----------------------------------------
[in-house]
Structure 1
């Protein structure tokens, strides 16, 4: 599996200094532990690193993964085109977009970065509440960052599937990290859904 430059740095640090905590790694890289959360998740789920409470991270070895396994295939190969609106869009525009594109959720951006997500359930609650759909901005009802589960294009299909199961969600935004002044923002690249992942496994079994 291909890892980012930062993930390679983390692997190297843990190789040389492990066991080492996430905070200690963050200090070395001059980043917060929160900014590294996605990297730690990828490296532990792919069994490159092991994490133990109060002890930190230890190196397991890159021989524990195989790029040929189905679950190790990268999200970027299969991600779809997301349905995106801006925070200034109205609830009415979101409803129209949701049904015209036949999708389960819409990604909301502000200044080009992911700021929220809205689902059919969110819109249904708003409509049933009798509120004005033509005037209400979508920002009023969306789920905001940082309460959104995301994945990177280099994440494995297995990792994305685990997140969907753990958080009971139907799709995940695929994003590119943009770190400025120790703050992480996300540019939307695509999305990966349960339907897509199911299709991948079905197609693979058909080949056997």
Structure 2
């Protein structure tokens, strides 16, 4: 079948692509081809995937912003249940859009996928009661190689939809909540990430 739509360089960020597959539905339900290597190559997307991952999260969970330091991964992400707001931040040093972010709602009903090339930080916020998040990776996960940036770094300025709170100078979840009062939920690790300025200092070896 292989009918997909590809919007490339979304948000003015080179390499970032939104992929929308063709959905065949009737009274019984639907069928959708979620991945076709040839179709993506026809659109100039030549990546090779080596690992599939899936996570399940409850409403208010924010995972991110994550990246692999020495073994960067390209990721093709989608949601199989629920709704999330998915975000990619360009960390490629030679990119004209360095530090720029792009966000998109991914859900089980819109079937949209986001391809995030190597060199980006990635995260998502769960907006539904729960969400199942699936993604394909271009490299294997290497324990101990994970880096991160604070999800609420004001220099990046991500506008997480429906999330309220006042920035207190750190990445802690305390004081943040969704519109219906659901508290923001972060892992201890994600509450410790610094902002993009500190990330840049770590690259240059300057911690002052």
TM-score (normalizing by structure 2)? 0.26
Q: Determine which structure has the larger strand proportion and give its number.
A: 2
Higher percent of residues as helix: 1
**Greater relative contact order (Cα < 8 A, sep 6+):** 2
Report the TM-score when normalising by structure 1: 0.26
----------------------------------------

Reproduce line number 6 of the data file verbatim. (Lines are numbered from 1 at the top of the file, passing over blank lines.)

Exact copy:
TM-score (normalizing by structure 2)? 0.26